Natalie Kelinske is passionate about her community, her family and doing her part to improve the lives of those around her. Not only was her volunteer work instrumental in getting the West ISD elementary school bond passed last year, she also works full time as the director of communications and donor services for Waco Foundation, serves on Mayor Kyle Deaver’s COVID-19 strategic communications workgroup and is mom to two preschool-aged girls, Caroline and Claire.
WACOAN: Are you working from home now?
Kelinske: I’m doing a little bit of both. I’m home some days, and we’re kind of rotating in the office. So a little bit of both, but I’m home today.
WACOAN: Tell me a little bit about the work you do.
Kelinske: I work at Waco Foundation. We’re the community foundation for McLennan County. I’m the director of communications and donor services. So, I fill a couple of different roles.
One of the things I do is work to communicate our programs and our initiatives. We have a lot of partnerships with local nonprofits, and I get to work with them and build on those partnerships.
I also have the privilege of working with our donors. I’m helping to identify different charitable programming and activities in our community and letting our donors know about those and helping them find fits for their own philanthropic objectives. Of course, some donors have their causes and they direct their contributions to those causes, but we also have some donors who always want constant updates about what’s going on in the community and what is something that they may not know about that they could give to. And so, it’s really a joyful experience to bring donors’ passions and line them up with opportunities in the community and make those matches.
WACOAN: What else does the Waco Foundation do?
Kelinske: A community foundation does so many things, but our overall mission is to improve quality of life in McLennan County. So a big part of our work is working with our nonprofit sector and building capacity and awarding grants and serving as a partner to strengthen our local nonprofit sector because they’re the ones on the front line providing the services that our community relies on.
But then on the other side, we also have donors who have established funds at the foundation who have an interest in giving to the nonprofit sector. We work with them to share what’s going on, what they may want to learn more about and what they might be interested in. So we really have a responsibility to understand what’s going on in our community in terms of the charitable work and also what our donors’ interests are so that we can match those up when there is a fit there.
WACOAN: About how many nonprofits do you work with?
Kelinske: Oh gosh, we serve over a hundred nonprofits every year in some form. Whether that’s grant-making or some type of capacity-building or training program. We also manage reserve funds and endowment funds for several local nonprofits, so I would say we have strong partnerships with a large portion of our nonprofit sector in McLennan County.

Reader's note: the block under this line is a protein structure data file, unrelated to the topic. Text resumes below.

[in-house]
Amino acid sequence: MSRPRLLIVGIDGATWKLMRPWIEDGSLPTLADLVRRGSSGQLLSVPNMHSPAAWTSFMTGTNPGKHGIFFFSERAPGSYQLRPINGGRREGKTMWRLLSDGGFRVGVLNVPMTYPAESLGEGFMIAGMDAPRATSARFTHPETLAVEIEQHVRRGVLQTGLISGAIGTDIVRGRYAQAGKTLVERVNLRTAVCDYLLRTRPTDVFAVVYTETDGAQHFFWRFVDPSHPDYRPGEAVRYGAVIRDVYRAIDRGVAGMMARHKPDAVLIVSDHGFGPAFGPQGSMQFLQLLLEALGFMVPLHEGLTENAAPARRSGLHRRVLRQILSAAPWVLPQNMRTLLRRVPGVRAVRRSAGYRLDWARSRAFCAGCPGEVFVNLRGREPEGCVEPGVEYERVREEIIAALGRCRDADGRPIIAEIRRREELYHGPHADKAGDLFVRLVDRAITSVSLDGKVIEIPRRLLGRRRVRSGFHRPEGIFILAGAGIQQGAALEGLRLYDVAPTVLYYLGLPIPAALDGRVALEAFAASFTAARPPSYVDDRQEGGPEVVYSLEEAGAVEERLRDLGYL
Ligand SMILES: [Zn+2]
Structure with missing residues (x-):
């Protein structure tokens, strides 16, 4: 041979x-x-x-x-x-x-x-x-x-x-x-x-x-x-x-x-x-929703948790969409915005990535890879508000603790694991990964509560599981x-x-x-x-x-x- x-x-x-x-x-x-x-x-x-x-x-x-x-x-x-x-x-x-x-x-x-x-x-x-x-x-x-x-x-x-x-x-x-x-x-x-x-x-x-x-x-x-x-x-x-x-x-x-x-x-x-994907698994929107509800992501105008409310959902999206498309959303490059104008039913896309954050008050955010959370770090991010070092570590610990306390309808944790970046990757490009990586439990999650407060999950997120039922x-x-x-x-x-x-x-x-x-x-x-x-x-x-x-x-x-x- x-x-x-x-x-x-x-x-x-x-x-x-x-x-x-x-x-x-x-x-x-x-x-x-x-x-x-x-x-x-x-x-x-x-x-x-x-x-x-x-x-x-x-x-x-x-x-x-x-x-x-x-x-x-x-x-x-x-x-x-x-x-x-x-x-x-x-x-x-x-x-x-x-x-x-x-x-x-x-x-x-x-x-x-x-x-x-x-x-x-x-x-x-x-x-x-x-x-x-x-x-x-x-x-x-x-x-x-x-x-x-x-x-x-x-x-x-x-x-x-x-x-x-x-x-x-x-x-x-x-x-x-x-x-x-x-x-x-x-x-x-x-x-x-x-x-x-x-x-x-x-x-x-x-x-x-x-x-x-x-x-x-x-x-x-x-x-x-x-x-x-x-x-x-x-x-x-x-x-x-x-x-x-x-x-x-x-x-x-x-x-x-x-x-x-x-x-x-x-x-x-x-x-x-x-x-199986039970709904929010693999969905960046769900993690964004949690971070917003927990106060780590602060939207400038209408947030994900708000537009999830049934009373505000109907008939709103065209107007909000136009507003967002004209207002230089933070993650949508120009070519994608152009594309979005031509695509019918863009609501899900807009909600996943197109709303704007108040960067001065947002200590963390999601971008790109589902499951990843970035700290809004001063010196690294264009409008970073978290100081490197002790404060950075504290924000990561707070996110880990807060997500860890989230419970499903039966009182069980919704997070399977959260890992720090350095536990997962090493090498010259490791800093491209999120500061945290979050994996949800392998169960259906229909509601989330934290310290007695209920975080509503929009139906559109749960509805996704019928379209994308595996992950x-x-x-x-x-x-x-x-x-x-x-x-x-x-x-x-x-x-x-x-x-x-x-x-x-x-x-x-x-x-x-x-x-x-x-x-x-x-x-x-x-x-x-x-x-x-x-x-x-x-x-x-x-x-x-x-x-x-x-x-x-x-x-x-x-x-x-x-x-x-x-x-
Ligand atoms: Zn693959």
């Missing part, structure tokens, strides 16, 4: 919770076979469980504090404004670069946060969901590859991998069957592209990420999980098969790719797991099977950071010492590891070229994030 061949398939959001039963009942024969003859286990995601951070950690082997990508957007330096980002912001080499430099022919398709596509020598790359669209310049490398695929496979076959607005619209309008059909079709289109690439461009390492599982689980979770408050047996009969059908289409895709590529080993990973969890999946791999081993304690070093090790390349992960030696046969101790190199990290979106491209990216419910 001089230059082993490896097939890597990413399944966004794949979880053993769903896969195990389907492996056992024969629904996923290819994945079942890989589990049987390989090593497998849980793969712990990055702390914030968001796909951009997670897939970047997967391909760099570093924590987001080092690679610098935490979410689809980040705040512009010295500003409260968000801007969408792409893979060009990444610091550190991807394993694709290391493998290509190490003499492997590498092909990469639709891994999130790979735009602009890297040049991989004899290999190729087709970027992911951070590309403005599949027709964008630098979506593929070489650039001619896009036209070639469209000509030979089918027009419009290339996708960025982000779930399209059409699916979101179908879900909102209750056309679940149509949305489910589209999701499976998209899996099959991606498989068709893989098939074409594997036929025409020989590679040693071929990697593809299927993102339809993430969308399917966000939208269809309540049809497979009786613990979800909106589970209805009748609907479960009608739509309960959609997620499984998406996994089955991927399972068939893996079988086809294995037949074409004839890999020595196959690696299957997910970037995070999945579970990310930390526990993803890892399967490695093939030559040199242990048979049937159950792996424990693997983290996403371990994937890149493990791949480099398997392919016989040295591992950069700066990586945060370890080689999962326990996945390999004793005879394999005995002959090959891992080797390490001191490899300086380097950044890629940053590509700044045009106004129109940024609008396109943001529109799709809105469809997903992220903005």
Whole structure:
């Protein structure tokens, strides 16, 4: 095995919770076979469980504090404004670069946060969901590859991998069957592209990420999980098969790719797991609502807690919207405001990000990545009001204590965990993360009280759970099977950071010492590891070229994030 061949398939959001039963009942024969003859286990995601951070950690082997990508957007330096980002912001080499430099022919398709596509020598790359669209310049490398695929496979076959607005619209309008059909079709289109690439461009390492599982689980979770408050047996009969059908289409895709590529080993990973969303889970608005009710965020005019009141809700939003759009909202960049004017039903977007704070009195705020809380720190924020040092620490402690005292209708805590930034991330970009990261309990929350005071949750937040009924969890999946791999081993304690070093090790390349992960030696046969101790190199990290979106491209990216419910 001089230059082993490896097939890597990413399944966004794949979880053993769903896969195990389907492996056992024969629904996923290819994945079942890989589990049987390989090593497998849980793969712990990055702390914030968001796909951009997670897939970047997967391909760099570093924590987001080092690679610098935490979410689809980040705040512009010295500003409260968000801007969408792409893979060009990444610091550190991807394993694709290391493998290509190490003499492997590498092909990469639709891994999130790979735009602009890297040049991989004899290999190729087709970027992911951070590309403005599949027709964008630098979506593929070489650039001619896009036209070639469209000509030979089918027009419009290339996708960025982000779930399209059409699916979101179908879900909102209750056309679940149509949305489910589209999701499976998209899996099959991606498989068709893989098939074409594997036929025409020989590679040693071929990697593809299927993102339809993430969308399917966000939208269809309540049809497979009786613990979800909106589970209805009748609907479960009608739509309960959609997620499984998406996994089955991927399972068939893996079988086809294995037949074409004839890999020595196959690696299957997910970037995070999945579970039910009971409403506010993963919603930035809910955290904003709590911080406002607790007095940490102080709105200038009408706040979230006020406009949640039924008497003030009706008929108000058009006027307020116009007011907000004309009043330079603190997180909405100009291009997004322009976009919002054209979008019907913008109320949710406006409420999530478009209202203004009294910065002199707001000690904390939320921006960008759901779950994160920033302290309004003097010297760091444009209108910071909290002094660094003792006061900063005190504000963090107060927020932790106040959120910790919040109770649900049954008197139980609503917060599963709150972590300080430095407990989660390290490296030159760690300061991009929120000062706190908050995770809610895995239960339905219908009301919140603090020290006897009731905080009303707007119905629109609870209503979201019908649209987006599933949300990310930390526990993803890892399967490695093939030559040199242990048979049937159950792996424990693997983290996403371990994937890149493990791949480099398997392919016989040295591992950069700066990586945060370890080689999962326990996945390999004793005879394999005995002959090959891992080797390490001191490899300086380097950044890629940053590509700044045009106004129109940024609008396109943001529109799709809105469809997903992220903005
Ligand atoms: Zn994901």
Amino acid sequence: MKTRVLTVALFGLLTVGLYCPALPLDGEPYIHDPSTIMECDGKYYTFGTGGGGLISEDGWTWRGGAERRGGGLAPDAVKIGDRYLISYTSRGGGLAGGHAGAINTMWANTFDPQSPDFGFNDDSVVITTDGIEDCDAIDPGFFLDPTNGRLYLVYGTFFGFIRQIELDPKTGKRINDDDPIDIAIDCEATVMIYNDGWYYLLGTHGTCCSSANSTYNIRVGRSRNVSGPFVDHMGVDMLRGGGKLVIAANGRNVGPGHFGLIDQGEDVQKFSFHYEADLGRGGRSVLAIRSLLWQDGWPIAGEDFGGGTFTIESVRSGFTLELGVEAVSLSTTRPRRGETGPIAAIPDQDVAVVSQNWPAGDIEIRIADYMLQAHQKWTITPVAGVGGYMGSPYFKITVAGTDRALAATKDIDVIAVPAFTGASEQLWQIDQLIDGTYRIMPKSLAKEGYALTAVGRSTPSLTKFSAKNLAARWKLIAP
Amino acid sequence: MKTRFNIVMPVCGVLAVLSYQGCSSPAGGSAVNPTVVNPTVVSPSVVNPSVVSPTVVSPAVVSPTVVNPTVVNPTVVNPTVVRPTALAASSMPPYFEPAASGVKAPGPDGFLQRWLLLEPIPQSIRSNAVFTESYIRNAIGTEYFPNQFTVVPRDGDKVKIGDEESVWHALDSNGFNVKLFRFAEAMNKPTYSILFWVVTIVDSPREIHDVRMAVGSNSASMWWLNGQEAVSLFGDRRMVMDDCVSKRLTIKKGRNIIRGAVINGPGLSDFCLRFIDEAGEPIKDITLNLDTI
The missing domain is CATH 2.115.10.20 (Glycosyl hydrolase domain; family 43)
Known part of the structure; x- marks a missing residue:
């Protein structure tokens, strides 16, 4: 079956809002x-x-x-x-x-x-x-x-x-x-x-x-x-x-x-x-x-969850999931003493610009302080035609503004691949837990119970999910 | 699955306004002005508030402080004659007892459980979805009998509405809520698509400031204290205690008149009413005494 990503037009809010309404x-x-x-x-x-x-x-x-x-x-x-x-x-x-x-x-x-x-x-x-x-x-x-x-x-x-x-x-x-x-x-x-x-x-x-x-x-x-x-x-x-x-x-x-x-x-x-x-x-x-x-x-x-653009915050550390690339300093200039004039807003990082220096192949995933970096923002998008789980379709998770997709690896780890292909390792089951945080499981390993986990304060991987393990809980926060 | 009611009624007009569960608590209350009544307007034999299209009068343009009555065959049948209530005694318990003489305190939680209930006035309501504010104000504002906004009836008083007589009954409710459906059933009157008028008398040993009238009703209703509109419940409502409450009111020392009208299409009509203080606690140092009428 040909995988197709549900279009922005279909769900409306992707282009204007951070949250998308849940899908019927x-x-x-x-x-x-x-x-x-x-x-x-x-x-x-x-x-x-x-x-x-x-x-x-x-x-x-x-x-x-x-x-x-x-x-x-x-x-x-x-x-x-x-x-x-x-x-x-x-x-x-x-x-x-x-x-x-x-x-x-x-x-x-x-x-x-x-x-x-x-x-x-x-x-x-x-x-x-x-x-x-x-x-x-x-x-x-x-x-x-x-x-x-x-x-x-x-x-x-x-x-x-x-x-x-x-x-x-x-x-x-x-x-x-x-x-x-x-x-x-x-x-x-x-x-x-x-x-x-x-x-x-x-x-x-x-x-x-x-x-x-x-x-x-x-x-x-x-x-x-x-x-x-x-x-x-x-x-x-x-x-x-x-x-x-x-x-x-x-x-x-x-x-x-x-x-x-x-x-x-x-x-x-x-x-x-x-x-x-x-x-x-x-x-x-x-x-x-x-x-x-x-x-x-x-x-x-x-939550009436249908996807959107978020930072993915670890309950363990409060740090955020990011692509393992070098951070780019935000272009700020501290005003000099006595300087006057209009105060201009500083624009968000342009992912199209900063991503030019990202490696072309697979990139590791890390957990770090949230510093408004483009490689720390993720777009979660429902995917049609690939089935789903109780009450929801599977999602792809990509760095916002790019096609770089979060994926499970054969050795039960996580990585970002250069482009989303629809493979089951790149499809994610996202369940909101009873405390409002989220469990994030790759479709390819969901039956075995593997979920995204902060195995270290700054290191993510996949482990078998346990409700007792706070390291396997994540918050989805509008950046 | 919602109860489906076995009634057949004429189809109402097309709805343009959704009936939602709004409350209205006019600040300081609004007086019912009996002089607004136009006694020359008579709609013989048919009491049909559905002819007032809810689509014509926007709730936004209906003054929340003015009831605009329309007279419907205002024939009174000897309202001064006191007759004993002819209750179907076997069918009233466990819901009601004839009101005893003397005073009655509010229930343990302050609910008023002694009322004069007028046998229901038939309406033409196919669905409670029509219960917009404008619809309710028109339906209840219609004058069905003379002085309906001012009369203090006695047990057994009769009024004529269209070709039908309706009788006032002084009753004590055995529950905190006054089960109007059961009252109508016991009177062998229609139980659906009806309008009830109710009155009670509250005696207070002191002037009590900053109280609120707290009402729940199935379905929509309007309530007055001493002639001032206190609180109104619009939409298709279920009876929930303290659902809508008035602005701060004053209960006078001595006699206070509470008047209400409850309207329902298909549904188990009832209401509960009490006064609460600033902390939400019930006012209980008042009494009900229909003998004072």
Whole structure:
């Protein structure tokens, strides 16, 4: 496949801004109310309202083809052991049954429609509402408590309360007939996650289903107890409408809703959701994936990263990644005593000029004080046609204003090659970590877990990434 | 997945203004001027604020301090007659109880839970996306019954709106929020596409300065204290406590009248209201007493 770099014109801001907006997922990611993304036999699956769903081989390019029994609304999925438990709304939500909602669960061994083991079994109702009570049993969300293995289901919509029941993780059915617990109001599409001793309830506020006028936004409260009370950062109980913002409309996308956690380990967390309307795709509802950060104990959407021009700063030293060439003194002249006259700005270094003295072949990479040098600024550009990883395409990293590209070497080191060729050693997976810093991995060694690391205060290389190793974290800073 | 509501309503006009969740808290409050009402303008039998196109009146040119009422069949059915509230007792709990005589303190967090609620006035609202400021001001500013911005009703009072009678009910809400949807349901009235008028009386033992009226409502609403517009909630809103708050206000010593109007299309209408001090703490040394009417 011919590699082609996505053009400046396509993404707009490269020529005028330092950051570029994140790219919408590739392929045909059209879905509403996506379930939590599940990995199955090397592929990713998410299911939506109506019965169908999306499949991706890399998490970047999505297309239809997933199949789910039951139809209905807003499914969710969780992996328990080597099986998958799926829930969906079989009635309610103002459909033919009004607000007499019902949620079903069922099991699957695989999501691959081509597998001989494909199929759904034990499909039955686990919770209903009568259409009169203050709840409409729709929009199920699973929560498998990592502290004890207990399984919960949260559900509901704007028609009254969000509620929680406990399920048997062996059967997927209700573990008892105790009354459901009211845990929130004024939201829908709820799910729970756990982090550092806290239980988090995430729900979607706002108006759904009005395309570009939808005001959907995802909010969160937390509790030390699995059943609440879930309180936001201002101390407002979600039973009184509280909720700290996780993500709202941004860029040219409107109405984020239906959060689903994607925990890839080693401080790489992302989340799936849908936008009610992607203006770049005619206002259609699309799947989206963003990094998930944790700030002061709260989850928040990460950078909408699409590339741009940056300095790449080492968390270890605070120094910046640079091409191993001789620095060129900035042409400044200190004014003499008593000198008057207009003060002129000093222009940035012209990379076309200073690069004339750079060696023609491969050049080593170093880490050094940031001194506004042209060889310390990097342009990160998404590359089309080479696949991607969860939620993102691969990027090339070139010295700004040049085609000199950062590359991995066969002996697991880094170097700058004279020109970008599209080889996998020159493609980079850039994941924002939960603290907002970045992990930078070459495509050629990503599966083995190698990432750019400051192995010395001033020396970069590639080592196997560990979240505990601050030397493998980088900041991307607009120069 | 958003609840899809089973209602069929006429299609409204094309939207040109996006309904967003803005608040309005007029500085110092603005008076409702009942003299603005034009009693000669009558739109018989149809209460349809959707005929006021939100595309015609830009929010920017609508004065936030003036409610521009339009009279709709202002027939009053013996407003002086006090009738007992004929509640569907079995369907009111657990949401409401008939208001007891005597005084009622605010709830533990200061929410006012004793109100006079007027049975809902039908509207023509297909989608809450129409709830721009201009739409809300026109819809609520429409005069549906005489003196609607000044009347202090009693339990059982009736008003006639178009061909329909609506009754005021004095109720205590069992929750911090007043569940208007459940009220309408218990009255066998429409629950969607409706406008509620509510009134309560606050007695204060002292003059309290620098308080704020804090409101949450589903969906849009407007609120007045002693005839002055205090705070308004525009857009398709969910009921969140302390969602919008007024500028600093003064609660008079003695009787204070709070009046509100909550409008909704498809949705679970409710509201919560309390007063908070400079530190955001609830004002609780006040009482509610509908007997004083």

WACOAN: Is there anything else about your work that people should know about?
Kelinske: We’re always striving to become a stronger partner. Part of our organizational culture is to be a learning environment. So, I just think that’s helpful for people to know the foundation is always here to listen. And that’s really how we build these partnerships. We are hearing from our nonprofits, we’re hearing from our donors, and we’re hearing from our community members, and we’re always trying to learn more about the need, more about the issues and how as a community we can solve some of the problems that we have.
WACOAN: In regard to solving problems, what are some of the bigger issues you see in Waco?
Kelinske: Waco is a very unique community, but in a lot of ways our issues are not unique. We have people who live in poverty, there are people who are food insecure, you know things that most communities of size deal with.
One of the things that Waco Foundation is heavily focused on right now is race equity and the role equity, or the lack of equity, has played in systems over generations and how that impacts the world that we live in today. Our board named race equity a priority initiative a year ago, and that’s really part of the learning role that we have right now. We have trainings that we partner with the Cooper Foundation to facilitate in the community about the history of racism and how it has infiltrated systems. And then we work to continue to learn every day about how that plays out in our own community. So that certainly is a priority area that impacts every other social service in our community.
WACOAN: What did you study in school to become a communications director?
Kelinske: I majored in public relations when I was at Baylor, and I have worked in for-profit and nonprofit positions all related to communication. My intro into the nonprofit communications world was actually a volunteer position when I lived in Dallas. I volunteered for an animal rescue group called Metroplex Mutts, and I handled a lot of their communications, a lot of their press. And I just thought, wow, what a great way to marry the world of public relations with things that you’re passionate about. That was a great big lightbulb for me that you could really put two things that you love together and hopefully make a difference for whatever matters to you.
WACOAN: That’s wonderful. I don’t think many people know that a lot of things can come to you through volunteering and giving back like that. You find out a lot about yourself and what you love.
Kelinske: I agree. I think volunteerism kind of feeds my soul. As a working mom with two kids, I have to be very strategic about my volunteerism now, but I do think that its important and also a way to really exercise your passions and to build your skill set in different things, too. It allows you to try new things, and I’m a very supportive of that. I think that’s important.
WACOAN: What are some ways you’ve been able to strategically volunteer as a working mom?